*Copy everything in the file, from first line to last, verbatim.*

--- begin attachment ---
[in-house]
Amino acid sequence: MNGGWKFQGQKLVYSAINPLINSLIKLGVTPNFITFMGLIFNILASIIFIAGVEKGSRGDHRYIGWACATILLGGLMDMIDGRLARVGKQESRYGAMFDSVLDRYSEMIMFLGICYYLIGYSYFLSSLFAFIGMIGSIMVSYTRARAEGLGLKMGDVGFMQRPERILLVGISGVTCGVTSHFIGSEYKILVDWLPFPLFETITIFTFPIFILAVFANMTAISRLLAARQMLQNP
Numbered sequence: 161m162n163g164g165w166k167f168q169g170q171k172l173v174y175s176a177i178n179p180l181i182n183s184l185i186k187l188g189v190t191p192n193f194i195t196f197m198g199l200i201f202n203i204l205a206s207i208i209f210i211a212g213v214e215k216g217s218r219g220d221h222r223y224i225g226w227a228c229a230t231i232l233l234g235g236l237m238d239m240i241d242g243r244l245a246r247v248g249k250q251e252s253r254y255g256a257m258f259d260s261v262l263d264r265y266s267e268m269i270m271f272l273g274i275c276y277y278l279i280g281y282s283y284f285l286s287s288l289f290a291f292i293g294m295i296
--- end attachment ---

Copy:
[in-house]
Amino acid sequence: MNGGWKFQGQKLVYSAINPLINSLIKLGVTPNFITFMGLIFNILASIIFIAGVEKGSRGDHRYIGWACATILLGGLMDMIDGRLARVGKQESRYGAMFDSVLDRYSEMIMFLGICYYLIGYSYFLSSLFAFIGMIGSIMVSYTRARAEGLGLKMGDVGFMQRPERILLVGISGVTCGVTSHFIGSEYKILVDWLPFPLFETITIFTFPIFILAVFANMTAISRLLAARQMLQNP
Numbered sequence: 161m162n163g164g165w166k167f168q169g170q171k172l173v174y175s176a177i178n179p180l181i182n183s184l185i186k187l188g189v190t191p192n193f194i195t196f197m198g199l200i201f202n203i204l205a206s207i208i209f210i211a212g213v214e215k216g217s218r219g220d221h222r223y224i225g226w227a228c229a230t231i232l233l234g235g236l237m238d239m240i241d242g243r244l245a246r247v248g249k250q251e252s253r254y255g256a257m258f259d260s261v262l263d264r265y266s267e268m269i270m271f272l273g274i275c276y277y278l279i280g281y282s283y284f285l286s287s288l289f290a291f292i293g294m295i296